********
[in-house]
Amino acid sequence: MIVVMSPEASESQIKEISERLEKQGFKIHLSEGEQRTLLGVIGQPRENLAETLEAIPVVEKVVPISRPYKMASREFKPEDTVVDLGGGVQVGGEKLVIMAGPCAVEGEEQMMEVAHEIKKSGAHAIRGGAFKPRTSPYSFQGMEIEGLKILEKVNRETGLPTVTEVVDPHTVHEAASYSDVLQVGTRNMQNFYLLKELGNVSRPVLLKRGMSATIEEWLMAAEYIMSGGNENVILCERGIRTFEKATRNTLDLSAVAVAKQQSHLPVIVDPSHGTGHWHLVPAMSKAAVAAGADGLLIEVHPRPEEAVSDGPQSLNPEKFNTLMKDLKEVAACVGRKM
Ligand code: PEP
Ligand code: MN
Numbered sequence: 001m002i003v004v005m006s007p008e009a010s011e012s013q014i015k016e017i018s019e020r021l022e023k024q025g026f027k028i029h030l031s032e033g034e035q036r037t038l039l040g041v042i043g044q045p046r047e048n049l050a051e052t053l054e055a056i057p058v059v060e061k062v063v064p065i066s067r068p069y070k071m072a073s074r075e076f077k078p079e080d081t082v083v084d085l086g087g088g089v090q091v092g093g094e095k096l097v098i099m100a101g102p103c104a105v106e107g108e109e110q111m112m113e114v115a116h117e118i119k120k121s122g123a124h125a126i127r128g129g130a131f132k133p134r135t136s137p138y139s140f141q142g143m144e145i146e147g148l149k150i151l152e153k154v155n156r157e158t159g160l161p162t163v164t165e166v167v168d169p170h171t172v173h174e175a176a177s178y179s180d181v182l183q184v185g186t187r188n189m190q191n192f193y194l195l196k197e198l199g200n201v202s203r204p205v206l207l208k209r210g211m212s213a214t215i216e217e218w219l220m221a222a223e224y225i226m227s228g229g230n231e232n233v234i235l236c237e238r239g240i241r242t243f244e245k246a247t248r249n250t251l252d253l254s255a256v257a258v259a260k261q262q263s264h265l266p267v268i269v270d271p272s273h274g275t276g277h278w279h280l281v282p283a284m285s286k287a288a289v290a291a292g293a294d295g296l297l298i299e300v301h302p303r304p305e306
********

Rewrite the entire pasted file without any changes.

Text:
[in-house]
Amino acid sequence: MIVVMSPEASESQIKEISERLEKQGFKIHLSEGEQRTLLGVIGQPRENLAETLEAIPVVEKVVPISRPYKMASREFKPEDTVVDLGGGVQVGGEKLVIMAGPCAVEGEEQMMEVAHEIKKSGAHAIRGGAFKPRTSPYSFQGMEIEGLKILEKVNRETGLPTVTEVVDPHTVHEAASYSDVLQVGTRNMQNFYLLKELGNVSRPVLLKRGMSATIEEWLMAAEYIMSGGNENVILCERGIRTFEKATRNTLDLSAVAVAKQQSHLPVIVDPSHGTGHWHLVPAMSKAAVAAGADGLLIEVHPRPEEAVSDGPQSLNPEKFNTLMKDLKEVAACVGRKM
Ligand code: PEP
Ligand code: MN
Numbered sequence: 001m002i003v004v005m006s007p008e009a010s011e012s013q014i015k016e017i018s019e020r021l022e023k024q025g026f027k028i029h030l031s032e033g034e035q036r037t038l039l040g041v042i043g044q045p046r047e048n049l050a051e052t053l054e055a056i057p058v059v060e061k062v063v064p065i066s067r068p069y070k071m072a073s074r075e076f077k078p079e080d081t082v083v084d085l086g087g088g089v090q091v092g093g094e095k096l097v098i099m100a101g102p103c104a105v106e107g108e109e110q111m112m113e114v115a116h117e118i119k120k121s122g123a124h125a126i127r128g129g130a131f132k133p134r135t136s137p138y139s140f141q142g143m144e145i146e147g148l149k150i151l152e153k154v155n156r157e158t159g160l161p162t163v164t165e166v167v168d169p170h171t172v173h174e175a176a177s178y179s180d181v182l183q184v185g186t187r188n189m190q191n192f193y194l195l196k197e198l199g200n201v202s203r204p205v206l207l208k209r210g211m212s213a214t215i216e217e218w219l220m221a222a223e224y225i226m227s228g229g230n231e232n233v234i235l236c237e238r239g240i241r242t243f244e245k246a247t248r249n250t251l252d253l254s255a256v257a258v259a260k261q262q263s264h265l266p267v268i269v270d271p272s273h274g275t276g277h278w279h280l281v282p283a284m285s286k287a288a289v290a291a292g293a294d295g296l297l298i299e300v301h302p303r304p305e306